Mentions: About 95% of cGMP in the outer segment of a dark-adapted rod is bound to the noncatalytic sites on PDE (Cote and Brunnock, 1993). So nearly the entire light-induced decline in cGMP is due to its dissociation from these sites and its subsequent hydrolysis. Fig. 5 shows the time course of light-dependent cGMP decline in ROS of physiologically active retinas exposed to constant light producing 580, 46,500, or 465,000 R* rod−1 s−1. For the brightest intensity, 30% of the cGMP dissociated with a time constant of 13 s, whereas the remainder dissociated with a time constant of 532 s. The kinetics of cGMP decline at the brightest light level was similar to that reported for transducin-activated PDE in isolated ROS (Cote et al., 1994; Yamazaki et al., 1996; Calvert et al., 1998). These results contrast with those reported by Cohen and Blazynski (1988)(1993) and Blazynski and Cohen (1986) who used an approach similar to ours; the basis for the difference is not known.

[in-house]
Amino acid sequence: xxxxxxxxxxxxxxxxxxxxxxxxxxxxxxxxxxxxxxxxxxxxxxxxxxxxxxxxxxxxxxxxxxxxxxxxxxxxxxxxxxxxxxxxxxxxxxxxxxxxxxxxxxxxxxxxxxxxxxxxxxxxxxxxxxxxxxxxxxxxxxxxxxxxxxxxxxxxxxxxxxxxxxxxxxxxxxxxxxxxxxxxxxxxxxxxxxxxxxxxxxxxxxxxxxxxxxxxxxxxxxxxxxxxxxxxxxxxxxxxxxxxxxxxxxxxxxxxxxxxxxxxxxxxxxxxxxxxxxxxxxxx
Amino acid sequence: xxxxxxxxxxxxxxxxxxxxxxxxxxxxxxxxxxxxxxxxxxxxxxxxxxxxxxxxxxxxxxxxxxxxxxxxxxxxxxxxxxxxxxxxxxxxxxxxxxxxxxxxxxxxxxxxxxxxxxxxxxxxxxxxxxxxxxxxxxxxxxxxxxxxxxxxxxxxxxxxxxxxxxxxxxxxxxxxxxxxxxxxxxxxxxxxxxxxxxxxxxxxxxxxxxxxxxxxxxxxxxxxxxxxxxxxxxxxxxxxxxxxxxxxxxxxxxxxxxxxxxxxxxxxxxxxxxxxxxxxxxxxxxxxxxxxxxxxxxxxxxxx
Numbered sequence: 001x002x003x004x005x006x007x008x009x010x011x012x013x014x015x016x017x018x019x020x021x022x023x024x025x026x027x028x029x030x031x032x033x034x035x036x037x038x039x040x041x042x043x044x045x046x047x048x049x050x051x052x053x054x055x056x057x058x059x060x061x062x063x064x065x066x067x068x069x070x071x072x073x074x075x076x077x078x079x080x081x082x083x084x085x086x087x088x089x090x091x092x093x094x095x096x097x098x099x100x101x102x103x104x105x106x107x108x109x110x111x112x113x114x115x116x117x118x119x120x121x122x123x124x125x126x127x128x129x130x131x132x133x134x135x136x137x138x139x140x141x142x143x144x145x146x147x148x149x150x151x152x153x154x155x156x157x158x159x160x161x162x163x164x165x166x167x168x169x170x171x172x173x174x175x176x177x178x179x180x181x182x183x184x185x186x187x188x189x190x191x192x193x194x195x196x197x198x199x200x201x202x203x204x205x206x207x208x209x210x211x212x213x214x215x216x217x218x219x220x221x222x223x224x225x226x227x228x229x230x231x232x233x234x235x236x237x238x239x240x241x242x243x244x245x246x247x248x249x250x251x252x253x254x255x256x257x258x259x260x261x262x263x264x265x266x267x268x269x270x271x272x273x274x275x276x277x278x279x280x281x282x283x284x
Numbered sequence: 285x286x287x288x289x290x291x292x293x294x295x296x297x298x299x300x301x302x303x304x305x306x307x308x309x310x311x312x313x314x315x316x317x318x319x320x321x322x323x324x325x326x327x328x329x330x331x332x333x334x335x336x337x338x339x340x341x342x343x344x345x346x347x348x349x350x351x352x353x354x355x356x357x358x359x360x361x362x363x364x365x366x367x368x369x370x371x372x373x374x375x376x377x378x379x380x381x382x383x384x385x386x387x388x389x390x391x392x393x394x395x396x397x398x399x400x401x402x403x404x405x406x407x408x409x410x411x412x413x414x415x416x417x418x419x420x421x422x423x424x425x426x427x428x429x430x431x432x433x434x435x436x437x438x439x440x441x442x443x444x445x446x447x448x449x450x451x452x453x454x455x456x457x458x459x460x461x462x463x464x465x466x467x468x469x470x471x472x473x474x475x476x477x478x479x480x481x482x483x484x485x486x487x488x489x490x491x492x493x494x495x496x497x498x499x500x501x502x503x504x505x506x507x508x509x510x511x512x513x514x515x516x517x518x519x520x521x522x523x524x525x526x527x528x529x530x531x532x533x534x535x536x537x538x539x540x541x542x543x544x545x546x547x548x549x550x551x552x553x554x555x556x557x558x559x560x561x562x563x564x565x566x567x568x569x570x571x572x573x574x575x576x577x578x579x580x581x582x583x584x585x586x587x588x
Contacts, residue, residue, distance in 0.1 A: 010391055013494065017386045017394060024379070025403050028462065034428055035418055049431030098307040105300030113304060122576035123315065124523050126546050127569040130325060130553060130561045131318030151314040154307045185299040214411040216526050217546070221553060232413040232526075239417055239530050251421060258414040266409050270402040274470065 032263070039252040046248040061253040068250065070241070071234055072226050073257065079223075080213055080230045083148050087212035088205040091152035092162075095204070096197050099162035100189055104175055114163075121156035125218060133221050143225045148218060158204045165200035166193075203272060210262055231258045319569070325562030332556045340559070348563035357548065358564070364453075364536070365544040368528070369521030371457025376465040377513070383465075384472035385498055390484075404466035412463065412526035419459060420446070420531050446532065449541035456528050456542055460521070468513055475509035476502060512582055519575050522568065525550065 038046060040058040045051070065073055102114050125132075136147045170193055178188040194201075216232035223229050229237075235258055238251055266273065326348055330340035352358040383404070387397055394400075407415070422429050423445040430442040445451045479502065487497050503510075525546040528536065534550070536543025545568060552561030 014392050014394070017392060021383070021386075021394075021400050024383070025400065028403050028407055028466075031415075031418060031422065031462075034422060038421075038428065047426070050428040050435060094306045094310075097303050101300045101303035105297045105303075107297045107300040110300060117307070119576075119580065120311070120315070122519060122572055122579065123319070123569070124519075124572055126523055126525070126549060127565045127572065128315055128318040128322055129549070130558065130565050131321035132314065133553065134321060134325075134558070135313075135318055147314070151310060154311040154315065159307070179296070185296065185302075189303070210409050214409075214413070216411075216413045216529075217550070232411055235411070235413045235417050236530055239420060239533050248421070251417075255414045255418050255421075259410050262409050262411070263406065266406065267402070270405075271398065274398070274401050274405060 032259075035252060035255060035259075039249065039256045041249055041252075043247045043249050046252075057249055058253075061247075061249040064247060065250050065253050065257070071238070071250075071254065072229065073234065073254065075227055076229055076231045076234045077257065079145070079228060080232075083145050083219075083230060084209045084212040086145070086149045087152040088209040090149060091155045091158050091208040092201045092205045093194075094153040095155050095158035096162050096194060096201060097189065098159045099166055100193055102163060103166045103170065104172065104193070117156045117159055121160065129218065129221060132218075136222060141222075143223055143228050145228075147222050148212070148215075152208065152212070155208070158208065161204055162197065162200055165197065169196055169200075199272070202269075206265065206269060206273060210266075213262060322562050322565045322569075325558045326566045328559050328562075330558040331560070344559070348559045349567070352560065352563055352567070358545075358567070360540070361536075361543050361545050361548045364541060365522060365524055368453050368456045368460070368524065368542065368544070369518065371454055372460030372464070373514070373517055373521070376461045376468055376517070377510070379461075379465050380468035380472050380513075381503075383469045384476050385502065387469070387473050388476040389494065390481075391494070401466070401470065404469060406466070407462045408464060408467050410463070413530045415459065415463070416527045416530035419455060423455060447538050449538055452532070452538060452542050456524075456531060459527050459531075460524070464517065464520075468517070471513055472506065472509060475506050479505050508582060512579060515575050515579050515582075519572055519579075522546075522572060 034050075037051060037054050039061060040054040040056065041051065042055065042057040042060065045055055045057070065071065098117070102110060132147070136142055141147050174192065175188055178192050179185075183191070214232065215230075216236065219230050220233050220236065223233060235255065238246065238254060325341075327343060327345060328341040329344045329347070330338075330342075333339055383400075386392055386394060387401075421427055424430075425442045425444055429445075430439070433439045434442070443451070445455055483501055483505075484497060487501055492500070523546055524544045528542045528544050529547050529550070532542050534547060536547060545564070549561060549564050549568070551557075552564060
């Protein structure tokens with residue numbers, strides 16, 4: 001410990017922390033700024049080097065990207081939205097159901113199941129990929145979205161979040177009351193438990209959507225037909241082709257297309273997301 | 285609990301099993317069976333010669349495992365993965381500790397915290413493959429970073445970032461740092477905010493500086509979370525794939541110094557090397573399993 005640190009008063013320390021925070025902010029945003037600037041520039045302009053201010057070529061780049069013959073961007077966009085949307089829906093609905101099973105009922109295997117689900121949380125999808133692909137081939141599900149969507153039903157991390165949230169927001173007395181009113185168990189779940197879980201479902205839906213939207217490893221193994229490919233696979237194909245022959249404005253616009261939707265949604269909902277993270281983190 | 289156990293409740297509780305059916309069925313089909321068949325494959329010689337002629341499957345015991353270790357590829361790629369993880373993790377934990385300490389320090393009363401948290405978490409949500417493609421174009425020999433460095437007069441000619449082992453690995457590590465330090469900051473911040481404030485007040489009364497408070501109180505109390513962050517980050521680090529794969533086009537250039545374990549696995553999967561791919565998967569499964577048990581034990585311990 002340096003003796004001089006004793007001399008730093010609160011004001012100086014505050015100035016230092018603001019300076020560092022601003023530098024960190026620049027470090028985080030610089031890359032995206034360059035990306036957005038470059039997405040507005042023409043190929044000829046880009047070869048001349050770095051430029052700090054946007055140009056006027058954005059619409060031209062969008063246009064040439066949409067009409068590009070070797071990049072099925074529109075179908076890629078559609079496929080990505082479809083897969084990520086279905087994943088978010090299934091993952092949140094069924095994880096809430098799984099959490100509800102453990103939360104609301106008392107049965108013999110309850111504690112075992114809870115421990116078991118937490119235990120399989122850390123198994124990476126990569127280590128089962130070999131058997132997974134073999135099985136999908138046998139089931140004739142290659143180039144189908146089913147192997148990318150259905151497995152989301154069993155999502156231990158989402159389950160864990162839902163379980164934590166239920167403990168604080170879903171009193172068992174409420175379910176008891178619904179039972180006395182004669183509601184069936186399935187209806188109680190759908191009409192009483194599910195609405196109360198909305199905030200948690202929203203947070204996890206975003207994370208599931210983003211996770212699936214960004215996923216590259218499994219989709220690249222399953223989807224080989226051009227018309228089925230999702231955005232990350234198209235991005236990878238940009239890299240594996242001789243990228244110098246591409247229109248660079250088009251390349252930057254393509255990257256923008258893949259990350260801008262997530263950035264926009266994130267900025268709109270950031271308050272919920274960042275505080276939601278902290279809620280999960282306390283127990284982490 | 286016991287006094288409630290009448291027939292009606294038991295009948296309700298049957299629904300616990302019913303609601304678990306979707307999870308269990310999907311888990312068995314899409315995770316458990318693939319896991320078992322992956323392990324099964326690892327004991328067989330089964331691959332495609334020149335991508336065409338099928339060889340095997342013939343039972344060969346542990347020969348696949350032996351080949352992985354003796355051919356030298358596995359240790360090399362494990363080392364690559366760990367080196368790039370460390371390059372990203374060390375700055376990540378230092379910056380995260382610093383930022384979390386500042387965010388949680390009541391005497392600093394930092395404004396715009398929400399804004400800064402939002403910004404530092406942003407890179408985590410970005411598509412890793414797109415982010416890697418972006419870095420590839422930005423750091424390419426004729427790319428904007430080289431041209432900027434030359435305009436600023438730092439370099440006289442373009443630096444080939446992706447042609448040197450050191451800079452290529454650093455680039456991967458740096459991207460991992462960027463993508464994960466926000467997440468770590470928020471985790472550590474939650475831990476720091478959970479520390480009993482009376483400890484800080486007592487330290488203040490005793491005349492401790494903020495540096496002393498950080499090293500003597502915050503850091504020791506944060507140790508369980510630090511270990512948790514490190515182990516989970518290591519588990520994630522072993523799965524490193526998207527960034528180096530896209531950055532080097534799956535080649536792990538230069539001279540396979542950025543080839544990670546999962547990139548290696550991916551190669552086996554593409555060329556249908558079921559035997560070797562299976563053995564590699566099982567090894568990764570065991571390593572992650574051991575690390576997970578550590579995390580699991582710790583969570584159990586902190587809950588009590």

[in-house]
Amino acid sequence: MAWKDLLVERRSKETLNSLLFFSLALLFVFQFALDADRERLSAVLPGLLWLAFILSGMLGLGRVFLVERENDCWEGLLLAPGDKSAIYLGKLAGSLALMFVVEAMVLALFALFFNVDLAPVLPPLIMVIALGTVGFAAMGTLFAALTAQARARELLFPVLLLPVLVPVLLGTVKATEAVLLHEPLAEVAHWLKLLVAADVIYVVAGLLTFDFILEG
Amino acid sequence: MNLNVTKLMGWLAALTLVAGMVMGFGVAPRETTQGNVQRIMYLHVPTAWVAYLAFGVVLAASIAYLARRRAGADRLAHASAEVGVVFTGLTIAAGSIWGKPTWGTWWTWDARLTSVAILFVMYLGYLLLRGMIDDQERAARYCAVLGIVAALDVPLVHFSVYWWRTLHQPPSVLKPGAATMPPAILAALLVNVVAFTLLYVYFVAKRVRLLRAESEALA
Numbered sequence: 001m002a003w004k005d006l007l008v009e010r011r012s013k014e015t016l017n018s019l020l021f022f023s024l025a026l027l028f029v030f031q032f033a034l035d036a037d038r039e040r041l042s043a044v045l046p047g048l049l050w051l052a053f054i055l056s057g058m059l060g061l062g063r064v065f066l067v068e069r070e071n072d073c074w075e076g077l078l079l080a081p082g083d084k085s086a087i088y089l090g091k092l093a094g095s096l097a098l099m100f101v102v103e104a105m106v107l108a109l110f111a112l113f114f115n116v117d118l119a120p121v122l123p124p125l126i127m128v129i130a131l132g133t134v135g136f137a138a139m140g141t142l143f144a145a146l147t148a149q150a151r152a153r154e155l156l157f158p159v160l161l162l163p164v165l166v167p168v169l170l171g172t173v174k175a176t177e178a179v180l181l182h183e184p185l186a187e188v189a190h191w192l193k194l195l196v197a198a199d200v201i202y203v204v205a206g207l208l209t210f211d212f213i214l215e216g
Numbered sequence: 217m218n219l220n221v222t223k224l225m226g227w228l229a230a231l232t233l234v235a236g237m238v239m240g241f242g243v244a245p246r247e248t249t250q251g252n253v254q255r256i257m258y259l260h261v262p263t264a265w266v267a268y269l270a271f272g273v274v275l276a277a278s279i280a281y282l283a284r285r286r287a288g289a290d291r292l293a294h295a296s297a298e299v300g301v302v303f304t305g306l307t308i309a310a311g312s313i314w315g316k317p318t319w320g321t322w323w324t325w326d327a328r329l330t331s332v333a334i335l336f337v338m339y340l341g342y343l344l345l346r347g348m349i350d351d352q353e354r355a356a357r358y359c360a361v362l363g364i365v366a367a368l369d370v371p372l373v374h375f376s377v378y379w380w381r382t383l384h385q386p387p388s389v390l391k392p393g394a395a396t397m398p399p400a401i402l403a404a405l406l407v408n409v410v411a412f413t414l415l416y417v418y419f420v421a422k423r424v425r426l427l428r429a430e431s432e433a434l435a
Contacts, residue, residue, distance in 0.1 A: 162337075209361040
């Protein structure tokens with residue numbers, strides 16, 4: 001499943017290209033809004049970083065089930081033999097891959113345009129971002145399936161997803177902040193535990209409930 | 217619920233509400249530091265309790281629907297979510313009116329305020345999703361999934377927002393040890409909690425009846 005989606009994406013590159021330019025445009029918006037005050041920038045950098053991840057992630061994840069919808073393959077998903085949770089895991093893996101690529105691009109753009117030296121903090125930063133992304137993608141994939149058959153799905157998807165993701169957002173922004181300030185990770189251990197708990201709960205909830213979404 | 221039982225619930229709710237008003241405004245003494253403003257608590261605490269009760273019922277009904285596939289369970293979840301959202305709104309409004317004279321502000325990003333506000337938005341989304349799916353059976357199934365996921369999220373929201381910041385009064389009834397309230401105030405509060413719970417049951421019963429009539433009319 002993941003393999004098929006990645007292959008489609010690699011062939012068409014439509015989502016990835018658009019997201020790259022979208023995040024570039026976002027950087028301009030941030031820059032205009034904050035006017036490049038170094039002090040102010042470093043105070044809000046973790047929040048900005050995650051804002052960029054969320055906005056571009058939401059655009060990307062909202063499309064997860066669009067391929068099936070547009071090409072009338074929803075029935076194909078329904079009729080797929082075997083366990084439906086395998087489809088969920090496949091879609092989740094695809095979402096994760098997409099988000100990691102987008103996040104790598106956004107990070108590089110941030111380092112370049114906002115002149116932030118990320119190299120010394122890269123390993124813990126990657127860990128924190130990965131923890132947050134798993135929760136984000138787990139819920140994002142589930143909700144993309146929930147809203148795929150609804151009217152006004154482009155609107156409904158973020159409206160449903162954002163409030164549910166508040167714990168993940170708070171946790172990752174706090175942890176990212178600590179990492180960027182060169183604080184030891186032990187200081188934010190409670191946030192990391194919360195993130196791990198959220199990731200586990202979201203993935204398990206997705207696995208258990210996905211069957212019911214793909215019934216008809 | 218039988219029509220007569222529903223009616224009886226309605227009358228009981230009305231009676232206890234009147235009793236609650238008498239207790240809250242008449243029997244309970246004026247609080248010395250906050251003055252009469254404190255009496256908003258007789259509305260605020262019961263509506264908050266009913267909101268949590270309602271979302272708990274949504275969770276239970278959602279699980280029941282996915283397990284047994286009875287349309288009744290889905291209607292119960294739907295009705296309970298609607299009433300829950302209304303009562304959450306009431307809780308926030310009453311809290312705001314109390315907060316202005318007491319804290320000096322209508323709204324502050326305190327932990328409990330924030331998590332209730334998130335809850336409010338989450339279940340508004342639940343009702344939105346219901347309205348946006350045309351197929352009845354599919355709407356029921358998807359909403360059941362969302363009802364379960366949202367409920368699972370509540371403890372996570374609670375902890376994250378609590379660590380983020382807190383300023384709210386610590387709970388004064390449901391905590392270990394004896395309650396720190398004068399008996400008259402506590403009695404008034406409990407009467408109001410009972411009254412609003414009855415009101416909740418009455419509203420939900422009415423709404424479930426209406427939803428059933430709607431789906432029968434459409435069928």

Bottom Line: We examined the time course of the onset of light adaptation in bullfrog rods and compared it with the projected onset of feedback reactions thought to underlie light adaptation on the molecular level.We tested the hypothesis that the slow adaptation phase is mediated by cGMP dissociation from noncatalytic binding sites on the cGMP phosphodiesterase, which has been shown to reduce the lifetime of activated phosphodiesterase in vitro.Other possible mechanisms are discussed.

View Article: PubMed Central - PubMed

Affiliation: Department of Ophthalmology, Harvard Medical School, Massachusetts Eye and Ear Infirmary, Boston, MA 02114, USA. pdcalvert@meei.harvard.edu

ABSTRACT